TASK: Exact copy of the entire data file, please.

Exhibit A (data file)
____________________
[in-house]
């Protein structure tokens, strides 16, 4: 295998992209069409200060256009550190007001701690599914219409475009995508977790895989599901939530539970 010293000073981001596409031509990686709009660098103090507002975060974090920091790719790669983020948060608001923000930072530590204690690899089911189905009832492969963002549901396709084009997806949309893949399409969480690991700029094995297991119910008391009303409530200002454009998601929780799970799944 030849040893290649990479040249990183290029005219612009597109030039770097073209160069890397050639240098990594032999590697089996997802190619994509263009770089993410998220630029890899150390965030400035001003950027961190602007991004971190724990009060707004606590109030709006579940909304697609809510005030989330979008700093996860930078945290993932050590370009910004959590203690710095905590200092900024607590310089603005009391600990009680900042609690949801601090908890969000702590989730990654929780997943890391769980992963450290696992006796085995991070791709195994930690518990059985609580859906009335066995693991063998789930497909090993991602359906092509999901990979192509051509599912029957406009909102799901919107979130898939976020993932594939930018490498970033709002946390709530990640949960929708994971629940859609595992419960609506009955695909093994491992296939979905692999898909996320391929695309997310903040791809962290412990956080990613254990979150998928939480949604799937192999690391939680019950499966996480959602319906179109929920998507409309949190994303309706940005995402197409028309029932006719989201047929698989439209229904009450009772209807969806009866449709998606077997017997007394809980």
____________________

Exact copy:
[in-house]
């Protein structure tokens, strides 16, 4: 295998992209069409200060256009550190007001701690599914219409475009995508977790895989599901939530539970 010293000073981001596409031509990686709009660098103090507002975060974090920091790719790669983020948060608001923000930072530590204690690899089911189905009832492969963002549901396709084009997806949309893949399409969480690991700029094995297991119910008391009303409530200002454009998601929780799970799944 030849040893290649990479040249990183290029005219612009597109030039770097073209160069890397050639240098990594032999590697089996997802190619994509263009770089993410998220630029890899150390965030400035001003950027961190602007991004971190724990009060707004606590109030709006579940909304697609809510005030989330979008700093996860930078945290993932050590370009910004959590203690710095905590200092900024607590310089603005009391600990009680900042609690949801601090908890969000702590989730990654929780997943890391769980992963450290696992006796085995991070791709195994930690518990059985609580859906009335066995693991063998789930497909090993991602359906092509999901990979192509051509599912029957406009909102799901919107979130898939976020993932594939930018490498970033709002946390709530990640949960929708994971629940859609595992419960609506009955695909093994491992296939979905692999898909996320391929695309997310903040791809962290412990956080990613254990979150998928939480949604799937192999690391939680019950499966996480959602319906179109929920998507409309949190994303309706940005995402197409028309029932006719989201047929698989439209229904009450009772209807969806009866449709998606077997017997007394809980």